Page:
Standing in a packed but hushed courtroom, her hands raised with her fingertips touching as if in prayer, 24-year-old Amanda Knox proclaimed. “I am not what they say. I did not do the things they said I did. I didn’t kill. I didn’t rape. I didn’t rob.”
Her prayer was answered Monday as an eight-person Italian jury found her not guilty in the killing of her roommate, British exchange student Meredith Kercher.
Knox, 24, collapsed in tears after the jury declared that the evidence against Knox and ex-boyfriend Raffaele Sollecito was not reliable. Both were then taken back to prison where they were to be formally freed.
Kercher, a British student, was on a year-long exchange program in Perugia, as was Knox. Police investigators testified Kercher was pinned down and stabbed to death as she resisted attempts by Knox, Sollecito and another Italian man to involve her in an orgy.
The prosecution’s case was undermined by independent forensic experts who disputed police assertions that traces of DNA belonging to Knox and Kercher were found on a kitchen knife identified as the murder weapon. The experts also said traces of Sollecito’s DNA on the Kercher’s clothing may have been contaminated.
The defense argued that there is no clear motive or evidence linking the defendants to the crime. They told the jury Knox was falsely implicated by prosecutors determined to get a conviction to further their careers.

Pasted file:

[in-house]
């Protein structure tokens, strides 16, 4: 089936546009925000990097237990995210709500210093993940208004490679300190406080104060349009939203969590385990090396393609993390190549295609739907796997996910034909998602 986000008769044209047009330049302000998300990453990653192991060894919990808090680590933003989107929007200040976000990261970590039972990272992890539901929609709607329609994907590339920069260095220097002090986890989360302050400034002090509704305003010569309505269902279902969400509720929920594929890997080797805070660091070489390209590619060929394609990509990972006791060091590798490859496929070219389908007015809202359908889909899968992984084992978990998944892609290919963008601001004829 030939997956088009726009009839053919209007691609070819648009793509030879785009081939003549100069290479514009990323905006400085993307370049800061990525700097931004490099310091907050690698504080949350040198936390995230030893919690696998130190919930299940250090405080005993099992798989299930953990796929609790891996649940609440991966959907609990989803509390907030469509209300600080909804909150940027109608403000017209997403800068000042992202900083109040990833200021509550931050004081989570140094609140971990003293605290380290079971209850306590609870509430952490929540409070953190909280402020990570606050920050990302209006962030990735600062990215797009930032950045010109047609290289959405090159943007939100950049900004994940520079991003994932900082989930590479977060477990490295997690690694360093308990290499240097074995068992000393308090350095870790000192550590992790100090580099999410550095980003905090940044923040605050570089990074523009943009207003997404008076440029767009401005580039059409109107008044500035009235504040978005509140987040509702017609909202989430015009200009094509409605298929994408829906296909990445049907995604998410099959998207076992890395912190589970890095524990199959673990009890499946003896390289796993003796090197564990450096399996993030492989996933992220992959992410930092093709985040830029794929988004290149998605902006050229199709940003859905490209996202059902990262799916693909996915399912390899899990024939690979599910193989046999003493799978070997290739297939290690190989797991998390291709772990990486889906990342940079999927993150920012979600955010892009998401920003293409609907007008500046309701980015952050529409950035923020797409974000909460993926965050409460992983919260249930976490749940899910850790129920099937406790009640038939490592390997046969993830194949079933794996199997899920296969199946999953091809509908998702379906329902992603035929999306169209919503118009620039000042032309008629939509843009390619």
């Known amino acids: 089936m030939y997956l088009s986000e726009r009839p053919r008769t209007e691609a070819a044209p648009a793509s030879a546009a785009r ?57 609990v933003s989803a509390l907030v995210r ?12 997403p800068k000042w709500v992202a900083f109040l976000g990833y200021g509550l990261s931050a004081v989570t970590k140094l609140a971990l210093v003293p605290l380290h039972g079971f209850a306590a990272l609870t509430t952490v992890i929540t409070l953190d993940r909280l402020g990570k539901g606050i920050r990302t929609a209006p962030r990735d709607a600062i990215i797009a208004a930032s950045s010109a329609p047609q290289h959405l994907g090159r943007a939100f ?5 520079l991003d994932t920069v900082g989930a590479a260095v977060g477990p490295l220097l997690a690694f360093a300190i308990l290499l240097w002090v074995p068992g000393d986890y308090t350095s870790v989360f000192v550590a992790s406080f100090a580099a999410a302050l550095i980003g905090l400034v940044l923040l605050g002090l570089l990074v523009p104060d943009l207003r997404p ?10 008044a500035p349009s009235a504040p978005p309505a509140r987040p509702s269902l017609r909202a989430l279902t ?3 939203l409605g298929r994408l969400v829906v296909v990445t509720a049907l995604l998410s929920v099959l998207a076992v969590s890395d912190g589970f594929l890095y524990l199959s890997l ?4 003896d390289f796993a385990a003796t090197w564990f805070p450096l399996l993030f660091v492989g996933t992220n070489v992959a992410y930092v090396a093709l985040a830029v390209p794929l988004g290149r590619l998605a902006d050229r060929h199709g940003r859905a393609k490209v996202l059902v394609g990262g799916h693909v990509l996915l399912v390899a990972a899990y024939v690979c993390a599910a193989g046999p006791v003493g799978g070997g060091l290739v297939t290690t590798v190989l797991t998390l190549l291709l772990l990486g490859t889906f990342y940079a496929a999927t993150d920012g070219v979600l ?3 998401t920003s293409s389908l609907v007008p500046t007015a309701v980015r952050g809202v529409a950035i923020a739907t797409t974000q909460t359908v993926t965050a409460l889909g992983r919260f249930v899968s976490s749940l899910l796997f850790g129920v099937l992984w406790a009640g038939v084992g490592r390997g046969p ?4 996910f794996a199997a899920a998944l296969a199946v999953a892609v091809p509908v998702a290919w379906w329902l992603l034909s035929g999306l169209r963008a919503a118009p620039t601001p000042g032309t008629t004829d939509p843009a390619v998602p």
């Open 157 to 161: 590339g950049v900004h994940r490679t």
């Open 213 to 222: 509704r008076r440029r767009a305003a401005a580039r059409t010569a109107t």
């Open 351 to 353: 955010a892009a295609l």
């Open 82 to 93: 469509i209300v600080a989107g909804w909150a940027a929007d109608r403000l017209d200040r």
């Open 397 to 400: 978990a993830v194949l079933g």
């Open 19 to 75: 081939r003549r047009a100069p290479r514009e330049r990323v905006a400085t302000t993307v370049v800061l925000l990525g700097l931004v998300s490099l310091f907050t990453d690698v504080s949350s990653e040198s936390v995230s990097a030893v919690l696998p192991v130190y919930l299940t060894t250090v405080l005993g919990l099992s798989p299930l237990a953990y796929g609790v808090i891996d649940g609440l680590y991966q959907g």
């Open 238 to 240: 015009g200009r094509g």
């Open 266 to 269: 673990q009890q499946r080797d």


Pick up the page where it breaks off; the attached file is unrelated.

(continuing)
As Knox waited for the verdict to be read, she appeared tense — leaning forward in her chair as if in prayer for her fate.
Earlier a tearful Knox in flawless Italian that she learned during her four years in prison, told the jury that she did not kill her friend and roommate. She paused numerous times for breath and fought back tears as she spoke to the jury. One woman juror appears to be in tears as Knox finished her 10-minute statement.
“I lost a friend, in the most brutal and inexplicable way possible,” Knox told the court. “My absolute faith in the police authorities was betrayed, I’ve had to face absolutely unfair and baseless accusations. I am paying with my life for things I did not commit. I want to go home. I want to go back to my life. I do not want to be punished and to have my life taken away from me for something I have not done — because I am innocent.”
The jury considered whether her 2009 convictions — 26 years imprisonment — should stand, be dismissed or if the term should be shortened or extended. Prosecutors had asked for 40 years.